Long before they were known as the kings of Disco, the Bee Gees were master craftsmen of some of the greatest pop-rock the late ‘60s and early ‘70s had to offer. First rumored to be The Beatles under an alias (“Bee Gees” = “Beatles Group,” get it?), the Bee Gees exploded in the North American market in the late summer of 1967 with this album (their first US Top 10 album), and three Top 20 singles: “New York Mining Disaster 1941,” “To Love Somebody” (originally meant to be recorded for the late great Otis Redding), and “Holiday.” The Brothers Gibb were well on their way to international superstardom.
On first listen, Bee Gees 1st plays like a wonderful, lost baroque-pop album, which isn’t far from the truth. The opening track, “Turn Of The Century,” with its lush orchestration and classic vocals from the Brothers Gibb, will immediately have the listener waiting for more. The hits, as previously mentioned, are here of course, but the remaining tracks are what give this album its enduring appeal; the record embodies the sweet sounds of the summer of ’67. The psych-pop weirdness of “Red Chair, Fade Away” to the Pepper-esque “Every Christian Lion-Hearted Man Will Show You” reveal the Bee Gees at their most versatile and most talented. 1st is full of tunes that will make you smile, whether out of pure joy or bittersweet introspection.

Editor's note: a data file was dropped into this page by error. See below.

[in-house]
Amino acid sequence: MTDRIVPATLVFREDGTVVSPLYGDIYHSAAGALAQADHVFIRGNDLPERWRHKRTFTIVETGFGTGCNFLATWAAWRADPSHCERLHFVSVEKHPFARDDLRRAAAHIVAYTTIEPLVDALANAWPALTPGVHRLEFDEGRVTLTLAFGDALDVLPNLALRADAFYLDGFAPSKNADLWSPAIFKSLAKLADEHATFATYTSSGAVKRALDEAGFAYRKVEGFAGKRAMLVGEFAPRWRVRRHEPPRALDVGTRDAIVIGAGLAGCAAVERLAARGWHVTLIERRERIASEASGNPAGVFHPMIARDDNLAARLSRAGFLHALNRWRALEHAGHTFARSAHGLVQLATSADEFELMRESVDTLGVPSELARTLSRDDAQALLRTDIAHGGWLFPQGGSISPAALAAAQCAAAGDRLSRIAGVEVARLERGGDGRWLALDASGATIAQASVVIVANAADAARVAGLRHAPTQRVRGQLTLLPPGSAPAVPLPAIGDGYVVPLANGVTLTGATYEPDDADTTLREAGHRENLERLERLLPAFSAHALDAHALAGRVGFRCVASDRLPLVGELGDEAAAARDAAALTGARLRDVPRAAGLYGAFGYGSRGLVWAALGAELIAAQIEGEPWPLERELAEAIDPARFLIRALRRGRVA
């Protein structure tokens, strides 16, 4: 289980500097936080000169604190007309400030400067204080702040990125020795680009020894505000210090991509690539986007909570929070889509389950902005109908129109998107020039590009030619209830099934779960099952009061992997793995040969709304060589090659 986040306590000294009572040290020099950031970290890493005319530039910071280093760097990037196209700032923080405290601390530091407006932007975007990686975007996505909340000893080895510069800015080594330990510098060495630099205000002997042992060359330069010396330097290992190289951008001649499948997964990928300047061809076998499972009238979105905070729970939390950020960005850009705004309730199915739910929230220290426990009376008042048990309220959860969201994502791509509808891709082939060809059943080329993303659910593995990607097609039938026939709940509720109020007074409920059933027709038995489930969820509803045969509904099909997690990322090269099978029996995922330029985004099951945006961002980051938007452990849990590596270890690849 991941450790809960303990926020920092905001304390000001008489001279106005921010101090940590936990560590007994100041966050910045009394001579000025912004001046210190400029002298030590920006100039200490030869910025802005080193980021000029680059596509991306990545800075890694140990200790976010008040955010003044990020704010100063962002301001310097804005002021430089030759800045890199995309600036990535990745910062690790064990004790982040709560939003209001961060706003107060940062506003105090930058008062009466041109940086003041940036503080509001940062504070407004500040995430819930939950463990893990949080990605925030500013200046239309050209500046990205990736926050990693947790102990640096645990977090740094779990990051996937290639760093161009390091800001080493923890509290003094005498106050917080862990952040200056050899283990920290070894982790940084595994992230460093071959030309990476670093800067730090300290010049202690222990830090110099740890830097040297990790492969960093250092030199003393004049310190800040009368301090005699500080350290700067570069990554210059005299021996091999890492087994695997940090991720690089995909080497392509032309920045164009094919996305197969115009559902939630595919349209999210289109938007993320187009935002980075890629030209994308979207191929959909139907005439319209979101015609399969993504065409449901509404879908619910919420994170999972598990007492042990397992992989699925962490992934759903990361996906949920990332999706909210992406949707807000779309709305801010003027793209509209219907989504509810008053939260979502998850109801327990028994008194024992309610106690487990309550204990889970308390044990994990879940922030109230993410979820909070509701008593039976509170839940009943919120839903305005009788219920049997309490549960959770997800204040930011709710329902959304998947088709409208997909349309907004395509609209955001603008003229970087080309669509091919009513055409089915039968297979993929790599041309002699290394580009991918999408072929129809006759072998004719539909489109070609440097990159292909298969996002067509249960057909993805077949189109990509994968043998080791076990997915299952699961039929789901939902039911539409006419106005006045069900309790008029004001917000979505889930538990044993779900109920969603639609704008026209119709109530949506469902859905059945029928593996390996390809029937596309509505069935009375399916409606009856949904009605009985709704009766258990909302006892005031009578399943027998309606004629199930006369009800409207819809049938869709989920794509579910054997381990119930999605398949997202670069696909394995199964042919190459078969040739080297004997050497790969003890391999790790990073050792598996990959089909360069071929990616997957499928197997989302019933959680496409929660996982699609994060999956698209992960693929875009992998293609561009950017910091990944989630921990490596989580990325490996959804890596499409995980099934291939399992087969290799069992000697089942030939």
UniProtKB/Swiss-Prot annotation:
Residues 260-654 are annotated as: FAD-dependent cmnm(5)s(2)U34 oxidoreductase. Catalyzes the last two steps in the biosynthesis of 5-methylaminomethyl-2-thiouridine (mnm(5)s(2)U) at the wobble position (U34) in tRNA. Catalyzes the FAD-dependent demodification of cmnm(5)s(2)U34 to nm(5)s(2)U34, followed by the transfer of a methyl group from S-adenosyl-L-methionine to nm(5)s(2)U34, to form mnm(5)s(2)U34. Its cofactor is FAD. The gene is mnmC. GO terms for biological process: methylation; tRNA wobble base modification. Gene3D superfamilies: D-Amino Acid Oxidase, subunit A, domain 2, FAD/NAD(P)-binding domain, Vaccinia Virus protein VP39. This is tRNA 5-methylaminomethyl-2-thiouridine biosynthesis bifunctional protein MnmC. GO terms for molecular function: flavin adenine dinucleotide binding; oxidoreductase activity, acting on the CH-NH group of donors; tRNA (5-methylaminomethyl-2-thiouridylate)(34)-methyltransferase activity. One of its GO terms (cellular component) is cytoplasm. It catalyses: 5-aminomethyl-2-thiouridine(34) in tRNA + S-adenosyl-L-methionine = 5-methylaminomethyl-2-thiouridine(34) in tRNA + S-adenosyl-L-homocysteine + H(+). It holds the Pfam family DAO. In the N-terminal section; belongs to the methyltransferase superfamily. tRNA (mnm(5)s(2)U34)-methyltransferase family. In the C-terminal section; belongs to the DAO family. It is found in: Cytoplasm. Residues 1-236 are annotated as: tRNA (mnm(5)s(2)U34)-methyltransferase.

1967 was one hell of a year for popular music. Think of all the amazing and influential albums that were released that year – Sgt. Pepper’s, Surrealistic Pillow, The Doors S/T, Disraeli Gears; the list goes on and on. I like to hold this first Bee Gees album in the same category of greatness as all of the other classic smashes of ’67.
The Bee Gees are still a beloved music group. To me, there is nothing quite like their output from the late ‘60s. These songs, along with their other early albums (Horizontal, Idea, Odessa), have truly stood the test of time, and it’s easy to see why. If you want to hear classic, endearing, and beautiful 1960s pop, pick up this album.
“Turn Of The Century”